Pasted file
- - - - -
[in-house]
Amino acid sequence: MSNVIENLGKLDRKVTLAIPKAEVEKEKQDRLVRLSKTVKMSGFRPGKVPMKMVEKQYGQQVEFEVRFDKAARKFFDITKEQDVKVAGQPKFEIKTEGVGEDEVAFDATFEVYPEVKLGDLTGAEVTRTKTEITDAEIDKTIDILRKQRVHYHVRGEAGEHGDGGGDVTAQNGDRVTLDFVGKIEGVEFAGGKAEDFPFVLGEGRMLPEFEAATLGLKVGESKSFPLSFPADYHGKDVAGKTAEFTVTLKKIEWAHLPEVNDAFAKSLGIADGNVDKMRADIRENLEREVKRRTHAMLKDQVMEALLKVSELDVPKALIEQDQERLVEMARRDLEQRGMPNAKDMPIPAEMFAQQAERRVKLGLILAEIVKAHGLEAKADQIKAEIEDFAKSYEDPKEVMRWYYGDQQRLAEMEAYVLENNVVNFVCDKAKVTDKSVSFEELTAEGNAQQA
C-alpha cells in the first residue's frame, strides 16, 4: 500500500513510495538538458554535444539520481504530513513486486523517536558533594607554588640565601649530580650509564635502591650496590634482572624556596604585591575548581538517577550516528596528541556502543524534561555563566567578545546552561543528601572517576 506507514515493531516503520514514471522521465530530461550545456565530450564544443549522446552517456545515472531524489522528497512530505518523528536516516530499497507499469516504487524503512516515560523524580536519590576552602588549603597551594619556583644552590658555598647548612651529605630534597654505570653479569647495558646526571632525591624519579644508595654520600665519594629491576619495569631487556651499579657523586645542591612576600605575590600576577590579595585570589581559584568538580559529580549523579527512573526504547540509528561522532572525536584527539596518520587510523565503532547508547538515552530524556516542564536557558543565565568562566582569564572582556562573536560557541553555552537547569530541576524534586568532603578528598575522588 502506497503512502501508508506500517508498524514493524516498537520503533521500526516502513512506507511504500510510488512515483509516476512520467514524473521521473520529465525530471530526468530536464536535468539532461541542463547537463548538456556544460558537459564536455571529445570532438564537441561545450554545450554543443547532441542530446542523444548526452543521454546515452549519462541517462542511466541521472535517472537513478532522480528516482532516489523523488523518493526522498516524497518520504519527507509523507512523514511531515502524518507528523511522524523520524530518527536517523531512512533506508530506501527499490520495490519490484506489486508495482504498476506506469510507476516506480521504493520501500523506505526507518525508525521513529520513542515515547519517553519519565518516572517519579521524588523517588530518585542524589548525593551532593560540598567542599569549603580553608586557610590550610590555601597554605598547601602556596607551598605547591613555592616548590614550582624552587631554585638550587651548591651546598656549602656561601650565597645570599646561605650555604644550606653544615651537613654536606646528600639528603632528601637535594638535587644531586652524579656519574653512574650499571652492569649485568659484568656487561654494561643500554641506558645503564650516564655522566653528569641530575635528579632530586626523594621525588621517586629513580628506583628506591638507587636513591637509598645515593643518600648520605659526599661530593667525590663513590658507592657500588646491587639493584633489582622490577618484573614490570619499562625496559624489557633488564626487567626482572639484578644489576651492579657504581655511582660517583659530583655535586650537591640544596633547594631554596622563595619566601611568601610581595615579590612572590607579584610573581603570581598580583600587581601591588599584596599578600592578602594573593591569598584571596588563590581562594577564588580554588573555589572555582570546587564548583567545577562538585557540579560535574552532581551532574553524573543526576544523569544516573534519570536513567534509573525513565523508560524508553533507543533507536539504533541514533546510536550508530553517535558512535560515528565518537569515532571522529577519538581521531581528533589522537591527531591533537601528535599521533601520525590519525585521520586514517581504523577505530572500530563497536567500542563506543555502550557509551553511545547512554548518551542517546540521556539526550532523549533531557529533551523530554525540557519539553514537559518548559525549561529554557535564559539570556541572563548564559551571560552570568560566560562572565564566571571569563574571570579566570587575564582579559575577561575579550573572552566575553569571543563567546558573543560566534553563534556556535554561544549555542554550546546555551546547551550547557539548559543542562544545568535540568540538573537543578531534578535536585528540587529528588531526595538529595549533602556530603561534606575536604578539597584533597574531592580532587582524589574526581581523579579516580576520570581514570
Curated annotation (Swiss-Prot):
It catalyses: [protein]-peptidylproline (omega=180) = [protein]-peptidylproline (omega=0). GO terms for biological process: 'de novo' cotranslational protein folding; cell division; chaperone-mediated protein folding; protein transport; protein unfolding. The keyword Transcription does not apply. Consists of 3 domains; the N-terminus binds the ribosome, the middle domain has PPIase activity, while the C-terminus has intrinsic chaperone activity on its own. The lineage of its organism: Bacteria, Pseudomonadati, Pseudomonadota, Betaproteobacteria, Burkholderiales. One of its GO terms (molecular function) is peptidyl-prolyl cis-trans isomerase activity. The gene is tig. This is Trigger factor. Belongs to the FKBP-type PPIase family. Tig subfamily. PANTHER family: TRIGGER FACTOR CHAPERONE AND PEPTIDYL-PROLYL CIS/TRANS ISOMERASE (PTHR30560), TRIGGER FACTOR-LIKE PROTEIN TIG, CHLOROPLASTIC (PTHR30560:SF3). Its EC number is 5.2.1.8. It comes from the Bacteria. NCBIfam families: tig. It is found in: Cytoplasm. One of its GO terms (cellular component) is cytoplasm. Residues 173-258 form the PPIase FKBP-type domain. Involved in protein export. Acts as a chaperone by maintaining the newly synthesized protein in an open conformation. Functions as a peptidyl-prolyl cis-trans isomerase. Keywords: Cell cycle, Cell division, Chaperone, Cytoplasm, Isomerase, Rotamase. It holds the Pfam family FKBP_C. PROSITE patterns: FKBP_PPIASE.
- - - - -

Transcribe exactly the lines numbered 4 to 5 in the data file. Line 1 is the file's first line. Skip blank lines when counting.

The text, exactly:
Curated annotation (Swiss-Prot):
It catalyses: [protein]-peptidylproline (omega=180) = [protein]-peptidylproline (omega=0). GO terms for biological process: 'de novo' cotranslational protein folding; cell division; chaperone-mediated protein folding; protein transport; protein unfolding. The keyword Transcription does not apply. Consists of 3 domains; the N-terminus binds the ribosome, the middle domain has PPIase activity, while the C-terminus has intrinsic chaperone activity on its own. The lineage of its organism: Bacteria, Pseudomonadati, Pseudomonadota, Betaproteobacteria, Burkholderiales. One of its GO terms (molecular function) is peptidyl-prolyl cis-trans isomerase activity. The gene is tig. This is Trigger factor. Belongs to the FKBP-type PPIase family. Tig subfamily. PANTHER family: TRIGGER FACTOR CHAPERONE AND PEPTIDYL-PROLYL CIS/TRANS ISOMERASE (PTHR30560), TRIGGER FACTOR-LIKE PROTEIN TIG, CHLOROPLASTIC (PTHR30560:SF3). Its EC number is 5.2.1.8. It comes from the Bacteria. NCBIfam families: tig. It is found in: Cytoplasm. One of its GO terms (cellular component) is cytoplasm. Residues 173-258 form the PPIase FKBP-type domain. Involved in protein export. Acts as a chaperone by maintaining the newly synthesized protein in an open conformation. Functions as a peptidyl-prolyl cis-trans isomerase. Keywords: Cell cycle, Cell division, Chaperone, Cytoplasm, Isomerase, Rotamase. It holds the Pfam family FKBP_C. PROSITE patterns: FKBP_PPIASE.